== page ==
You can find some really useful information in blogs, such as opinions, places to avoid; places that are a must see and countless other tips and hints on travel. For the purposes of this book, a blog is an article written by someone just for the pleasure of writing something, such as writing a journal, or they just want to help others by sharing their experiences. If it’s written by a travel professional, then I class it as an article.
Blogs can be extremely useful in finding out more about a destination. Maybe the blogger found a really great local café or had a local guide take them on a great tour. You could also find out about any scams that they may have fallen victim to. Some blogs provide an RSS feed so that you can be updated automatically each time a new blog is added.
One website that is full of travel blogs is TravelPod.com. Here you can find blogs on just about any destination. There is a useful ‘search’ function that enables you to quickly find relevant blogs. You can also use this website to write your own blog.
Alternative sites are
They can also be a way of letting friends and family know how you are getting on. The sites listed above can be used to write your own blog, or you could use one of the following general blogging websites. These websites are basically the same; it’s just a question of picking one you prefer the look of.
In the early days of the Internet, way before the web, Newsgroups were the main medium for exchanging tips, asking and answering questions and general sharing. This network of groups was called Usenet.
By joining the right group or groups you can find information on just about any topic. There are drawbacks, such as spam and the attitude of a few users, but they are useful and could be useful when researching any trip.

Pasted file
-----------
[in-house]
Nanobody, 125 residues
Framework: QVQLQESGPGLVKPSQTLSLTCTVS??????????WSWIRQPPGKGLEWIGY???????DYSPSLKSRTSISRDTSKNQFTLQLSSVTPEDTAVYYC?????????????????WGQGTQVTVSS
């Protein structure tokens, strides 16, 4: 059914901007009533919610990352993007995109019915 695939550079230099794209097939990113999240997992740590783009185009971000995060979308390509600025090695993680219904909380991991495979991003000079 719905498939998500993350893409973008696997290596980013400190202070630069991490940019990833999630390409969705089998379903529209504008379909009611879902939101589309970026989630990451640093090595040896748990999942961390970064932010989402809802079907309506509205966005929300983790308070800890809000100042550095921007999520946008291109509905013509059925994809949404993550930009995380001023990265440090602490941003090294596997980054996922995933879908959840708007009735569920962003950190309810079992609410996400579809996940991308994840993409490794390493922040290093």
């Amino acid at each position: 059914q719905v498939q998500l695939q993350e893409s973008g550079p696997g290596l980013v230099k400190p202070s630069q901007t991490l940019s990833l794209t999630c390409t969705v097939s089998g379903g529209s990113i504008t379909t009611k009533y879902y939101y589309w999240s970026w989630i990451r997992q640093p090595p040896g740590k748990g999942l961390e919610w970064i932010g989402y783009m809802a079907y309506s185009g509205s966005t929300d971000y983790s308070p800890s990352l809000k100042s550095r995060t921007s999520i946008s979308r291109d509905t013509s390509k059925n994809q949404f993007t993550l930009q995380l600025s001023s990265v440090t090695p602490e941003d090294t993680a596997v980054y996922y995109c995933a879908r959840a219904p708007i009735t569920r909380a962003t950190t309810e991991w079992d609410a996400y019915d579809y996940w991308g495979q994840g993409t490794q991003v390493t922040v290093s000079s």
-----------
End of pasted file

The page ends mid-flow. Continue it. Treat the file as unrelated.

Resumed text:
To access these groups you need a newsreader program, this can be part of an email program or in some Internet browsers. If your browser doesn’t have this feature, then you can use an online email provider such as Windows Live Mail. I personally prefer programs that download the messages locally, but this is a habit formed by the old dial up modem days.
Another way of accessing newsgroups is to use Google. Typing groups.google.com into your web browser’s address bar gets you to the front page. Google has stored newsgroups messages going back to 1995. Travel can be found by clicking on ‘Recreation’. Alternatively you could enter the area of interest in the search bar.
To post to a group you need to log on with a Google account. Spam can be a problem, with automated systems harvesting email address from the various postings. To get round this use an invalid email address such as firstname.lastname@example.org. When you post. A real person would still be able to contact you by removing the ‘nospams’.
Newsgroups have a set naming protocol, examples are
Unfortunately Newsgroups use is dying out, so some topics may be a few years old, and there is no guarantee that you will get a reply.